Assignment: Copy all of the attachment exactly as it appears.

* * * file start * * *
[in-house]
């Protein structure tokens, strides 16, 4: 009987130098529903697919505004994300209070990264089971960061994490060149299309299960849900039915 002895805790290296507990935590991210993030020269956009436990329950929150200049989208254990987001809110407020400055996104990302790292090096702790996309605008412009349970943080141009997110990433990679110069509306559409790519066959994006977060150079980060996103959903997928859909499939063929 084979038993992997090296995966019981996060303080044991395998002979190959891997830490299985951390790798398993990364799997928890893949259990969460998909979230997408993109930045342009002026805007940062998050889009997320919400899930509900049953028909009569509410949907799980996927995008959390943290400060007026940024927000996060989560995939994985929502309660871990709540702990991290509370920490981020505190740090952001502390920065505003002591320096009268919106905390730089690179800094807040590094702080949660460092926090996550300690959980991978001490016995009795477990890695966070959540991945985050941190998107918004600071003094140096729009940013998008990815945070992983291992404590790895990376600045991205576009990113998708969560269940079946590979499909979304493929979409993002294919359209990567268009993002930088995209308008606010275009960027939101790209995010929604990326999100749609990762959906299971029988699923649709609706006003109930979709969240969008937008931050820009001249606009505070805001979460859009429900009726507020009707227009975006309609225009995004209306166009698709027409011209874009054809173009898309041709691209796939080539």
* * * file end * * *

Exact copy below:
[in-house]
């Protein structure tokens, strides 16, 4: 009987130098529903697919505004994300209070990264089971960061994490060149299309299960849900039915 002895805790290296507990935590991210993030020269956009436990329950929150200049989208254990987001809110407020400055996104990302790292090096702790996309605008412009349970943080141009997110990433990679110069509306559409790519066959994006977060150079980060996103959903997928859909499939063929 084979038993992997090296995966019981996060303080044991395998002979190959891997830490299985951390790798398993990364799997928890893949259990969460998909979230997408993109930045342009002026805007940062998050889009997320919400899930509900049953028909009569509410949907799980996927995008959390943290400060007026940024927000996060989560995939994985929502309660871990709540702990991290509370920490981020505190740090952001502390920065505003002591320096009268919106905390730089690179800094807040590094702080949660460092926090996550300690959980991978001490016995009795477990890695966070959540991945985050941190998107918004600071003094140096729009940013998008990815945070992983291992404590790895990376600045991205576009990113998708969560269940079946590979499909979304493929979409993002294919359209990567268009993002930088995209308008606010275009960027939101790209995010929604990326999100749609990762959906299971029988699923649709609706006003109930979709969240969008937008931050820009001249606009505070805001979460859009429900009726507020009707227009975006309609225009995004209306166009698709027409011209874009054809173009898309041709691209796939080539």